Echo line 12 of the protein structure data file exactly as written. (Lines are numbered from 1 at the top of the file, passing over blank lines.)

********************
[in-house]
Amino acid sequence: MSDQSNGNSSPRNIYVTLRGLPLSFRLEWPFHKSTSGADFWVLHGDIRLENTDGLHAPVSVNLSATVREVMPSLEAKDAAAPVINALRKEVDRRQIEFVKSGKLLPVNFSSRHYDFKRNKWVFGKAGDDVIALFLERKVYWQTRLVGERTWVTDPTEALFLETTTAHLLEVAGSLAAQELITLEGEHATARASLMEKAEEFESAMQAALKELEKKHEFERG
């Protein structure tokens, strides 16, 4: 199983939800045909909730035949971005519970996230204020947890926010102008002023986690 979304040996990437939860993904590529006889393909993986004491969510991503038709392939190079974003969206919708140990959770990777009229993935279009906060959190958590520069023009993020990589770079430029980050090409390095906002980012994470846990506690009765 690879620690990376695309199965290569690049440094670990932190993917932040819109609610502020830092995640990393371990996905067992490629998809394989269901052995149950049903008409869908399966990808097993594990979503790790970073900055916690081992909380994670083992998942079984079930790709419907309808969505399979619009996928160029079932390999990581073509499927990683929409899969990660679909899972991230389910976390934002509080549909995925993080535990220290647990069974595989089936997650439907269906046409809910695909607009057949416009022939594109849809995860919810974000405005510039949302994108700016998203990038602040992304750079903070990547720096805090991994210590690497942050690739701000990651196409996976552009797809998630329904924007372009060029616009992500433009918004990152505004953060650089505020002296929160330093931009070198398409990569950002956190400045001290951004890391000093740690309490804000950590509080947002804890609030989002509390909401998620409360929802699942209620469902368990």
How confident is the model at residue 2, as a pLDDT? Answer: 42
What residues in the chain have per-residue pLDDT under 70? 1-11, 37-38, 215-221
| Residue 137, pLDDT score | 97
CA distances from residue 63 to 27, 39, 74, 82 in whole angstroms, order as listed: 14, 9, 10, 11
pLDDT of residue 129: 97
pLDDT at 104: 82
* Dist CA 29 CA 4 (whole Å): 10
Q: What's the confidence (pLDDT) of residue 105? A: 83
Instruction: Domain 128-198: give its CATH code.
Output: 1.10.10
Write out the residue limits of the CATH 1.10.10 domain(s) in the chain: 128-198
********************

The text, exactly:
Instruction: Domain 128-198: give its CATH code.